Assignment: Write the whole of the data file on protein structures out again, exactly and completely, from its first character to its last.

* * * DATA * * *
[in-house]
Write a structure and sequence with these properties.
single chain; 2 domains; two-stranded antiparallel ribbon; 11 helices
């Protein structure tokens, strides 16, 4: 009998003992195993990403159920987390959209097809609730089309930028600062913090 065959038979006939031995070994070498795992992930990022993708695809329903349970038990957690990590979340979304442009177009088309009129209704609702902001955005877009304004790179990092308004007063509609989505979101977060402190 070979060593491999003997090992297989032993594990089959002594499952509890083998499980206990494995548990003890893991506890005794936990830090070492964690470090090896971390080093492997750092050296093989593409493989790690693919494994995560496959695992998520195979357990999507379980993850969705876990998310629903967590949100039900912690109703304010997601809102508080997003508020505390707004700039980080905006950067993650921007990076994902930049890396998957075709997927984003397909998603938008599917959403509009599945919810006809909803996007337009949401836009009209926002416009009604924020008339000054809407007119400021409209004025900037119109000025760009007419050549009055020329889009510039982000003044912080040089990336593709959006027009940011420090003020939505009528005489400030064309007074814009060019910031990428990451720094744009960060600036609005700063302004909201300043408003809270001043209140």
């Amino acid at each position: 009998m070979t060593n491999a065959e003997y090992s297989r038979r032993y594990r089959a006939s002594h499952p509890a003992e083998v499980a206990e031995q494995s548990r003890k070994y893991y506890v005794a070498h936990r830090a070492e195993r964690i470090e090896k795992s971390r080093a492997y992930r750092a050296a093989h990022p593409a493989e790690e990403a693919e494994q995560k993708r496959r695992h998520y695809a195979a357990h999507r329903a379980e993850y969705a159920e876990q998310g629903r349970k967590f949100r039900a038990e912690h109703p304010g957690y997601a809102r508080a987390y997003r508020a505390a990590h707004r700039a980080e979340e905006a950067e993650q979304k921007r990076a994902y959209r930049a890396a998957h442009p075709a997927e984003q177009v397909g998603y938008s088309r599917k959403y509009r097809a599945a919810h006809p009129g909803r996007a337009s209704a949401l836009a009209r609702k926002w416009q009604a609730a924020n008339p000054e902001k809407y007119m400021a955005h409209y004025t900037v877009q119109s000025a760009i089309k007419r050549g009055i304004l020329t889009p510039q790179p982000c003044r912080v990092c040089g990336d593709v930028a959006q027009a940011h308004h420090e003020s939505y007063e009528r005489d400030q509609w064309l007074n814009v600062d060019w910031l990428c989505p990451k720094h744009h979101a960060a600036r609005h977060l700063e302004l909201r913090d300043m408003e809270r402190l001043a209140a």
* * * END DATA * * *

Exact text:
[in-house]
Write a structure and sequence with these properties.
single chain; 2 domains; two-stranded antiparallel ribbon; 11 helices
């Protein structure tokens, strides 16, 4: 009998003992195993990403159920987390959209097809609730089309930028600062913090 065959038979006939031995070994070498795992992930990022993708695809329903349970038990957690990590979340979304442009177009088309009129209704609702902001955005877009304004790179990092308004007063509609989505979101977060402190 070979060593491999003997090992297989032993594990089959002594499952509890083998499980206990494995548990003890893991506890005794936990830090070492964690470090090896971390080093492997750092050296093989593409493989790690693919494994995560496959695992998520195979357990999507379980993850969705876990998310629903967590949100039900912690109703304010997601809102508080997003508020505390707004700039980080905006950067993650921007990076994902930049890396998957075709997927984003397909998603938008599917959403509009599945919810006809909803996007337009949401836009009209926002416009009604924020008339000054809407007119400021409209004025900037119109000025760009007419050549009055020329889009510039982000003044912080040089990336593709959006027009940011420090003020939505009528005489400030064309007074814009060019910031990428990451720094744009960060600036609005700063302004909201300043408003809270001043209140």
């Amino acid at each position: 009998m070979t060593n491999a065959e003997y090992s297989r038979r032993y594990r089959a006939s002594h499952p509890a003992e083998v499980a206990e031995q494995s548990r003890k070994y893991y506890v005794a070498h936990r830090a070492e195993r964690i470090e090896k795992s971390r080093a492997y992930r750092a050296a093989h990022p593409a493989e790690e990403a693919e494994q995560k993708r496959r695992h998520y695809a195979a357990h999507r329903a379980e993850y969705a159920e876990q998310g629903r349970k967590f949100r039900a038990e912690h109703p304010g957690y997601a809102r508080a987390y997003r508020a505390a990590h707004r700039a980080e979340e905006a950067e993650q979304k921007r990076a994902y959209r930049a890396a998957h442009p075709a997927e984003q177009v397909g998603y938008s088309r599917k959403y509009r097809a599945a919810h006809p009129g909803r996007a337009s209704a949401l836009a009209r609702k926002w416009q009604a609730a924020n008339p000054e902001k809407y007119m400021a955005h409209y004025t900037v877009q119109s000025a760009i089309k007419r050549g009055i304004l020329t889009p510039q790179p982000c003044r912080v990092c040089g990336d593709v930028a959006q027009a940011h308004h420090e003020s939505y007063e009528r005489d400030q509609w064309l007074n814009v600062d060019w910031l990428c989505p990451k720094h744009h979101a960060a600036r609005h977060l700063e302004l909201r913090d300043m408003e809270r402190l001043a209140a």